Have you ever heard the phrase “a dog is a man’s best friend?” It may seem like a saying as old as time, but the famous Missouri Supreme Court case of Burden v. Hornsby of 1870 is considered a potential origin for the phrase.
In September, 1870, the Johnson County courtroom was the setting for the “most celebrated dog case … in the world.” When Leonidas Hornsby shot his neighbor and brother-in-law Charles Burden’s best hunting dog, Old Drum, Burden first threatened to kill Hornsby but instead sued for $100. Hornsby had been employing his nephew to guard his flock of sheep, but denied giving any instruction to shoot Old Drum.
After two trials, the jury found Hornsby guilty of ordering his nephew to kill Old Drum and awarded Burden $25, but that judgment later was reversed. At the third trial, Burden’s lawyer, George Graham Vest, delivered an emotionally wrenching closing argument, “Eulogy for a Dog.” When he finished, the jurors were in tears, and they awarded Burden $50. Hornsby appealed to the Supreme Court of Missouri, but the decision stood. Vest’s closing argument gained popularity and brought fame to the now classic phrase.
Eulogy for a Dog
The best friend a man has in the world may turn against him and become his enemy. His son or daughter that he has reared with loving care may prove ungrateful. Those who are nearest and dearest to us, those whom we trust with our happiness and our good name, may become traitors to their faith. The money that a man has, he may lose. It flies away from him, perhaps when he needs it most. A man’s reputation may be sacrificed in a moment of ill-considered action. The people who are prone to fall on their knees to do us honor when success is with us may be the first to throw the stone of malice when failure settles its clouds upon our heads. The one absolutely unselfish friend that a man can have in this selfish world, the one that never deserts him and the one that never proves ungrateful or treacherous, is his dog.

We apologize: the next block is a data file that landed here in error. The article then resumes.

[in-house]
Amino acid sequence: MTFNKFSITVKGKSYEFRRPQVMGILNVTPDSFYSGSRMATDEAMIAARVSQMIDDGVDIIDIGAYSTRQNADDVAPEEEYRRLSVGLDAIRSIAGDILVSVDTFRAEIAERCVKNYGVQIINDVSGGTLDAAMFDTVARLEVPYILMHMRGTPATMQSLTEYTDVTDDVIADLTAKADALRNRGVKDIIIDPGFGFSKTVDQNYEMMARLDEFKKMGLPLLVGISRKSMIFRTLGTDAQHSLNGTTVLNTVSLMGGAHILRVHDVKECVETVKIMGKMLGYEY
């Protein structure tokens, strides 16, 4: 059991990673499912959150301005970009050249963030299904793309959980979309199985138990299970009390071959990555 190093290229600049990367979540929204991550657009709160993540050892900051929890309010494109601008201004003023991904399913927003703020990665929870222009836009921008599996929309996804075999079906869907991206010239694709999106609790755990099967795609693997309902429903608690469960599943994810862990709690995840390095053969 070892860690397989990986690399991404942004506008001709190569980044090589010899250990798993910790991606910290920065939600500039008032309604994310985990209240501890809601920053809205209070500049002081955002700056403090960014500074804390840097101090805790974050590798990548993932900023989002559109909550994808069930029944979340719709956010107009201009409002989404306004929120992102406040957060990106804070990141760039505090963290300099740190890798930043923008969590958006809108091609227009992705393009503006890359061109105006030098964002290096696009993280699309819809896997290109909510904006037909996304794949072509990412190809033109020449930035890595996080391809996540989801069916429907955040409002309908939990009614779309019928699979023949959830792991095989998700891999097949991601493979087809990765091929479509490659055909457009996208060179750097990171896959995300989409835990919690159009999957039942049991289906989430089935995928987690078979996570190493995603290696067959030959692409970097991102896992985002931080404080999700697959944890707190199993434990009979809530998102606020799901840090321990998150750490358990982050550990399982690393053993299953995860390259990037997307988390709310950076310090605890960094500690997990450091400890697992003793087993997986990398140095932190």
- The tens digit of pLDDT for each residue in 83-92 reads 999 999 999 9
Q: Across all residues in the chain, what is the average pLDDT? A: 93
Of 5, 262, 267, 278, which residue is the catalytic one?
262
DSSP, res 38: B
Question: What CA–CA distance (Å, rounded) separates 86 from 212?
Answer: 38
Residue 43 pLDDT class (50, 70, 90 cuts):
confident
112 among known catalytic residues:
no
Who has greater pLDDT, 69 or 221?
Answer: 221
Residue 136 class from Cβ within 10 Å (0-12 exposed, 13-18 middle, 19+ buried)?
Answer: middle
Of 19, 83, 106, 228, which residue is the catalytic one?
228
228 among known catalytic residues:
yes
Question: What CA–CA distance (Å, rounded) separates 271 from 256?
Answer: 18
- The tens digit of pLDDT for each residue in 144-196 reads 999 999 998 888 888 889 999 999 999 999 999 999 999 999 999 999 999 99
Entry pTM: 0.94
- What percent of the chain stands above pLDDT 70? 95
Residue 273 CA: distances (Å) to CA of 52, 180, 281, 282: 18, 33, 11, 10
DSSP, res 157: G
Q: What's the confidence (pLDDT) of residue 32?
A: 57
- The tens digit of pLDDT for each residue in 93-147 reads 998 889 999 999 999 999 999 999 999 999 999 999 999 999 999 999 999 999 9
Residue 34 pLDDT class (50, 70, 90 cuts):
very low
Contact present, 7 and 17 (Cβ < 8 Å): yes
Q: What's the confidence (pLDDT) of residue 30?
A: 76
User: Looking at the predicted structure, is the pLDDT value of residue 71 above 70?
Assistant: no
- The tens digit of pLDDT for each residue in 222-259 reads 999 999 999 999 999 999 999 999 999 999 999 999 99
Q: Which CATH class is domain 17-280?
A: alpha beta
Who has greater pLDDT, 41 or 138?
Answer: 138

A man’s dog stands by him in prosperity and in poverty, in health and in sickness. He will sleep on the cold ground, where the wintry winds blow and the snow drives fiercely, if only he may be near his master’s side. He will kiss the hand that has no food to offer, he will lick the wounds and sores that come in encounters with the roughness of the world. He guards the sleep of his pauper master as if he were a prince. When all other friends desert, he remains. When riches take wings and reputation falls to pieces, he is as constant in his love as the sun in its journey through the heavens.
If fortune drives the master forth an outcast in the world, friendless and homeless, the faithful dog asks no higher privilege than that of accompanying him to guard against danger, to fight against his enemies, and when the last scene of all comes, and death takes the master in its embrace and his body is laid away in the cold ground, no matter if all other friends pursue their way, there by his graveside will the noble dog be found, his head between his paws, his eyes sad but open in alert watchfulness, faithful and true even to death.